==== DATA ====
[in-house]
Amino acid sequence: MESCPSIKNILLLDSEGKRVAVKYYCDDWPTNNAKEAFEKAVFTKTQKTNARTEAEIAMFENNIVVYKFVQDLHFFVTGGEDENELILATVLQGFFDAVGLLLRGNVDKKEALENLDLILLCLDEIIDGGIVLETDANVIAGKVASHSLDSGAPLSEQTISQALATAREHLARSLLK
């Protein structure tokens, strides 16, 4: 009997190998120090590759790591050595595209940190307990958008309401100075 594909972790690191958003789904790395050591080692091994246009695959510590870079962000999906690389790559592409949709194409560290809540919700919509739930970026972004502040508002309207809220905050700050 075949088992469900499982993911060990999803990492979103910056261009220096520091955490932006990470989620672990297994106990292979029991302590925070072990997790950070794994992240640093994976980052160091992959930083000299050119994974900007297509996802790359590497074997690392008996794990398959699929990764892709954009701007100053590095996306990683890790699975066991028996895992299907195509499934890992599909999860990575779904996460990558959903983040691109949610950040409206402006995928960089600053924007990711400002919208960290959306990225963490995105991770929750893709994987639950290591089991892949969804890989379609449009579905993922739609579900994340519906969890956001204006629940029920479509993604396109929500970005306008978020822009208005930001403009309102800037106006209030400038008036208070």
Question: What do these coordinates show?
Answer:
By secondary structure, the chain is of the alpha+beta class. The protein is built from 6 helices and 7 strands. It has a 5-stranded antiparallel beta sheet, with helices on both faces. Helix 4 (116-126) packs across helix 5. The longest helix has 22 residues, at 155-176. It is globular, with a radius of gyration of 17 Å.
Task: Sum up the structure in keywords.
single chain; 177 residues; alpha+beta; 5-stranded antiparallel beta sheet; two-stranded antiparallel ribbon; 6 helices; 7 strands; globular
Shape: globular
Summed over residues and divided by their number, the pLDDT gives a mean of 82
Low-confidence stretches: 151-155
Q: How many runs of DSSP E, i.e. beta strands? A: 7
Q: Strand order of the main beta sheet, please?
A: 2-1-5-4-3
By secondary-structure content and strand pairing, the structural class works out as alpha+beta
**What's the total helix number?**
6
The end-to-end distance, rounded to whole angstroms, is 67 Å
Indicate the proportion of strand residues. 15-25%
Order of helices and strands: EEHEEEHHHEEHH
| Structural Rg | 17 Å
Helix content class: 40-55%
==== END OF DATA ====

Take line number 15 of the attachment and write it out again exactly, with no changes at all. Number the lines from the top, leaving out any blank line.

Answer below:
By secondary-structure content and strand pairing, the structural class works out as alpha+beta